White and Black Press: Racial Parallelism in South African Journalism

  • Muhammad Jameel Yusha’u


This chapter discusses the nature of the media environment in South Africa. It starts by looking at the nature of the media environment during apartheid where there was clear official support for racism in the way the news media operates. The categorisation of the press into white and black press is examined, with the white press dominated by Afrikaans and the black press dominated by liberal English news media and some black-owned newspapers managed by mining interests. The chapter then discusses the issue of media diversity and the effort by the South African government to establish the Media Diversity and Development Agency (MDDA). The MDDA plays a crucial role in ensuring that ethnic and other minority groups have access to information without any barrier caused by language or lack of access to information outside urban areas. There is then a discussion on the emergence of Tabloid Journalism, which brought a new wave of change in the media landscape of South Africa. New audiences, particularly black working class, were targeted by tabloids like the Daily Sun. Interviews with journalists were used to buttress some of the points discussed in this chapter. Finally, the chapter analyses the South African media landscape within the context of the media systems theory proposed by Hallin and Mancini. The analysis shows that the media system in South Africa has elements of the Liberal Model, the Polarised Pluralist Model and the Democratic Corporatist model, but with its distinct feature that is unique to South Africa.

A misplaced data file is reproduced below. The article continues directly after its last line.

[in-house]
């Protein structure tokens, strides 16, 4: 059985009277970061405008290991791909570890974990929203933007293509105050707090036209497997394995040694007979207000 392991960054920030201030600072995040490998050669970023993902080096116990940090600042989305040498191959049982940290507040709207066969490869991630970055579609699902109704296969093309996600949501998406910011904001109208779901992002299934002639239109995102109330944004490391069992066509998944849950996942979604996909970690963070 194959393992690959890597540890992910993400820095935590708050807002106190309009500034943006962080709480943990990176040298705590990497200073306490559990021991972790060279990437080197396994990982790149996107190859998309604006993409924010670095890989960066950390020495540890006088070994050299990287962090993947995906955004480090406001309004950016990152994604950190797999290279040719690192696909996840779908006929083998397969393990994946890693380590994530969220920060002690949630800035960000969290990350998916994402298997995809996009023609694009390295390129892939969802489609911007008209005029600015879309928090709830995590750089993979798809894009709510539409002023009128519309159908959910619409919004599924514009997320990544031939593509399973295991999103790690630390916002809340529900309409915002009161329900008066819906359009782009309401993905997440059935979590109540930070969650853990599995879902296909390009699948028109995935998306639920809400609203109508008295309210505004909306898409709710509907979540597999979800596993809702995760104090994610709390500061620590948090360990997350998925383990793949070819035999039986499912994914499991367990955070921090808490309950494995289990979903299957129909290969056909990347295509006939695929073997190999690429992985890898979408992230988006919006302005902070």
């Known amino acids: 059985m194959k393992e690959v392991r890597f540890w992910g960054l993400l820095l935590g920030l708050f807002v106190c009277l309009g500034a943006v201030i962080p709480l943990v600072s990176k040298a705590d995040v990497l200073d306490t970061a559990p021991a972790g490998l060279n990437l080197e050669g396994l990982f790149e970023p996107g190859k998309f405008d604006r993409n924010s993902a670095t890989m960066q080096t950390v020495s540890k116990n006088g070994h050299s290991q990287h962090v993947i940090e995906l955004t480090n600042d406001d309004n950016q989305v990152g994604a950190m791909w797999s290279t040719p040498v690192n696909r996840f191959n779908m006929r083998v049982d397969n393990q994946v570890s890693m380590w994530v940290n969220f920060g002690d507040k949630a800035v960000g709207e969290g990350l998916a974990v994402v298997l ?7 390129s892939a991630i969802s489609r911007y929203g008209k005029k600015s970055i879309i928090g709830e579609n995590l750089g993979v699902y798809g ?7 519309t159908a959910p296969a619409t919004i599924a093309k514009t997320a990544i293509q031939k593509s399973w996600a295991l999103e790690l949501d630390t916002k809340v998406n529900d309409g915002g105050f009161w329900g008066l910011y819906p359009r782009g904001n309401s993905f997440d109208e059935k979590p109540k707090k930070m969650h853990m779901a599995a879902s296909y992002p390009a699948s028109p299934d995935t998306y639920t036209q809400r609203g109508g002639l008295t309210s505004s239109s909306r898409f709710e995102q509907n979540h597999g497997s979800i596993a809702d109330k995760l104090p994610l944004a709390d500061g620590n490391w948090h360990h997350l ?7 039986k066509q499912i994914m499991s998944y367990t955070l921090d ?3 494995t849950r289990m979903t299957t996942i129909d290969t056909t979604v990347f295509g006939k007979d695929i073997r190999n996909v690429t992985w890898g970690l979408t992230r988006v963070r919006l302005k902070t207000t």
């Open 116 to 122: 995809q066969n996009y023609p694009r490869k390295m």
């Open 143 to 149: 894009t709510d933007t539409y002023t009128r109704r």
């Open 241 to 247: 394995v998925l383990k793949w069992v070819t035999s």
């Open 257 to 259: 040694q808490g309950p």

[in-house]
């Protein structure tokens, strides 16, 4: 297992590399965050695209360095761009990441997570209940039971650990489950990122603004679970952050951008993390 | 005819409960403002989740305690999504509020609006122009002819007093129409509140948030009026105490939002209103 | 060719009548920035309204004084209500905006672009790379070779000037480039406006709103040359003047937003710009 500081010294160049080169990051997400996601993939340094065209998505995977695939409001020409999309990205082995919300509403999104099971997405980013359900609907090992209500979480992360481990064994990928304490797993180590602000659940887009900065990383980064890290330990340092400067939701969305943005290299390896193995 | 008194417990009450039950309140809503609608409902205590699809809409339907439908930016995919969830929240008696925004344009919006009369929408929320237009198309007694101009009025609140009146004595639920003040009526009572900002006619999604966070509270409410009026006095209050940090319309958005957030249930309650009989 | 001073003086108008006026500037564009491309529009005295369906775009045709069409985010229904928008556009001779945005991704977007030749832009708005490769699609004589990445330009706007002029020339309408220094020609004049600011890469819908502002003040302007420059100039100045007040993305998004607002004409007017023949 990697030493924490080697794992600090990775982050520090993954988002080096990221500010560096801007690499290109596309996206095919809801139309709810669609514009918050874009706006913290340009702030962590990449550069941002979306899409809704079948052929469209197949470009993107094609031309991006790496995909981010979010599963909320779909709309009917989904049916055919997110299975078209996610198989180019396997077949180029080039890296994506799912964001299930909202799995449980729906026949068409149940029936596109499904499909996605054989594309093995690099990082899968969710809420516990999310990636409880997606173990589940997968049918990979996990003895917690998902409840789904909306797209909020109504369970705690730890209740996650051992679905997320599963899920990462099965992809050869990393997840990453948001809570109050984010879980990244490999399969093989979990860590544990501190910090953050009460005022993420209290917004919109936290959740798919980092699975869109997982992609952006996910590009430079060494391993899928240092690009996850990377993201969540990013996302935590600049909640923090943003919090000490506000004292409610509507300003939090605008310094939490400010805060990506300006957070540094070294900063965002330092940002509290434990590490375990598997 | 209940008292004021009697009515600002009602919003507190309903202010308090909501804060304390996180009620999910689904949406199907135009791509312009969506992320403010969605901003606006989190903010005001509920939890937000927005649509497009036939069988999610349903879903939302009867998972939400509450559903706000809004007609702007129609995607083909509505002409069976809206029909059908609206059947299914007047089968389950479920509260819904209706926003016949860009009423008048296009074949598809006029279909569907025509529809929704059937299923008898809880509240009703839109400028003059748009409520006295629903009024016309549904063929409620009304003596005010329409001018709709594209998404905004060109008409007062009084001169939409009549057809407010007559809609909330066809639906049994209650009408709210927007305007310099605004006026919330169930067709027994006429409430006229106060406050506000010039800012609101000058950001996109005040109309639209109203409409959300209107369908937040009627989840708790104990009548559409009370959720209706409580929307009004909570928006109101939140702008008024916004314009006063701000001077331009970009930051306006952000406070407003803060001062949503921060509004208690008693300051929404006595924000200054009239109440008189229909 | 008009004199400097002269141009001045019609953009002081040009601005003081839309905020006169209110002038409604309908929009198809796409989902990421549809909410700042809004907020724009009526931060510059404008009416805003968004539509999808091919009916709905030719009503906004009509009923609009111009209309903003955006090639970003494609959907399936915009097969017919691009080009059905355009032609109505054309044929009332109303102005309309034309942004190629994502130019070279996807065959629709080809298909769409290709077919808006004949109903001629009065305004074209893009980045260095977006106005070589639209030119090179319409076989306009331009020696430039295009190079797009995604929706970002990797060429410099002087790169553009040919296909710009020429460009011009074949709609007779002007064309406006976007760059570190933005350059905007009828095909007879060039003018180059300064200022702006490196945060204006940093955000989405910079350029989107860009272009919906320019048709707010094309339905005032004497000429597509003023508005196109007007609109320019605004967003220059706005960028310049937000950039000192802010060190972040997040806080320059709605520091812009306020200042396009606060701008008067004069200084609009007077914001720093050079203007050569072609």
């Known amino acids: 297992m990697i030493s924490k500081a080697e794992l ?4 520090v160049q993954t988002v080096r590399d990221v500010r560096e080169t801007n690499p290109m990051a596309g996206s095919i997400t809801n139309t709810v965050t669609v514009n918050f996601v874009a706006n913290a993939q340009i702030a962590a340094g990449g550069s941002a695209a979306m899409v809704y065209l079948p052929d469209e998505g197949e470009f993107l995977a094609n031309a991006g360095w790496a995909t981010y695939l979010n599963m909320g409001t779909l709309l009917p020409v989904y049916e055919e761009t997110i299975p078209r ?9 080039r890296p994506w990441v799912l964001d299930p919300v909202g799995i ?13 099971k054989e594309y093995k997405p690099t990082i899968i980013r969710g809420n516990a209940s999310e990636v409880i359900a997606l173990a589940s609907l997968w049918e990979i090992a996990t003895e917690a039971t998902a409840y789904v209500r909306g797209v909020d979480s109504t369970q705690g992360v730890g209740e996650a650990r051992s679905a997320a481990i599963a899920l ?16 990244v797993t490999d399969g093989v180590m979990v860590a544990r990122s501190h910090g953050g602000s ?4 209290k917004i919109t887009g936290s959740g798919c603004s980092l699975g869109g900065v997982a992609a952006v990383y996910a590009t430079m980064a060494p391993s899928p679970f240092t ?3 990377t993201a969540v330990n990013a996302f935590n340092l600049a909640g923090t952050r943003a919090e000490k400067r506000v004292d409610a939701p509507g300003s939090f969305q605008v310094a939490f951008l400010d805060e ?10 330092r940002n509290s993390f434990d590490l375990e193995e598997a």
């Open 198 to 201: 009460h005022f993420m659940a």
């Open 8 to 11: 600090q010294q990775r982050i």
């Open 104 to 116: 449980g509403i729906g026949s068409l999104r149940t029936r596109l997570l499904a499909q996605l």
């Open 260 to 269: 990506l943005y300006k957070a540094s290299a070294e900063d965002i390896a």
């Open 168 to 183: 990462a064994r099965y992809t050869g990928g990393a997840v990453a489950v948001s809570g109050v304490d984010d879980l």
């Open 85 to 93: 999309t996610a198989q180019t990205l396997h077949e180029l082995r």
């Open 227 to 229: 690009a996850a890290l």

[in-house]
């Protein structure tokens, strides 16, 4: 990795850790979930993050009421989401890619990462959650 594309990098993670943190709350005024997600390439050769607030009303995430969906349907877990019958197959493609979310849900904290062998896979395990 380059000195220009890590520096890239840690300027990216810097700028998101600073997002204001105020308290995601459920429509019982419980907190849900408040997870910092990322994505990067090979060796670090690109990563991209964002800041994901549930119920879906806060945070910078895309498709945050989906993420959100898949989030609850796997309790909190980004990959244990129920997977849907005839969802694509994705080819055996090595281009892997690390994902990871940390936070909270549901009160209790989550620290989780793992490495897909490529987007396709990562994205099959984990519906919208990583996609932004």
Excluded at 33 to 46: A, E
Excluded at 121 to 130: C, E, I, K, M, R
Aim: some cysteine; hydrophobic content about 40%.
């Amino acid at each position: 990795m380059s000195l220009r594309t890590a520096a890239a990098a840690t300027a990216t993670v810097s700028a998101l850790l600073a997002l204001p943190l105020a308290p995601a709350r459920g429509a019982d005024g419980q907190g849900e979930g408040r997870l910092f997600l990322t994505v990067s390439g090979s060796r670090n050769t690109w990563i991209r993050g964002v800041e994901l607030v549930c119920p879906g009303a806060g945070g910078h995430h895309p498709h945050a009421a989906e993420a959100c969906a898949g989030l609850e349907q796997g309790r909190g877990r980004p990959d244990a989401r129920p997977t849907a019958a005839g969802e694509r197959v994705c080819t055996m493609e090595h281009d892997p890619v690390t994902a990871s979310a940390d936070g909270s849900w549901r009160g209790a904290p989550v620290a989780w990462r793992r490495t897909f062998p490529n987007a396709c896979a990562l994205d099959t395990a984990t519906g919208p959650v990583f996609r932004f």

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Copyright information

© The Author(s) 2018

Authors and Affiliations

  • Muhammad Jameel Yusha’u
    • 1
  1. 1.Uni Focus AcademyKanoNigeria

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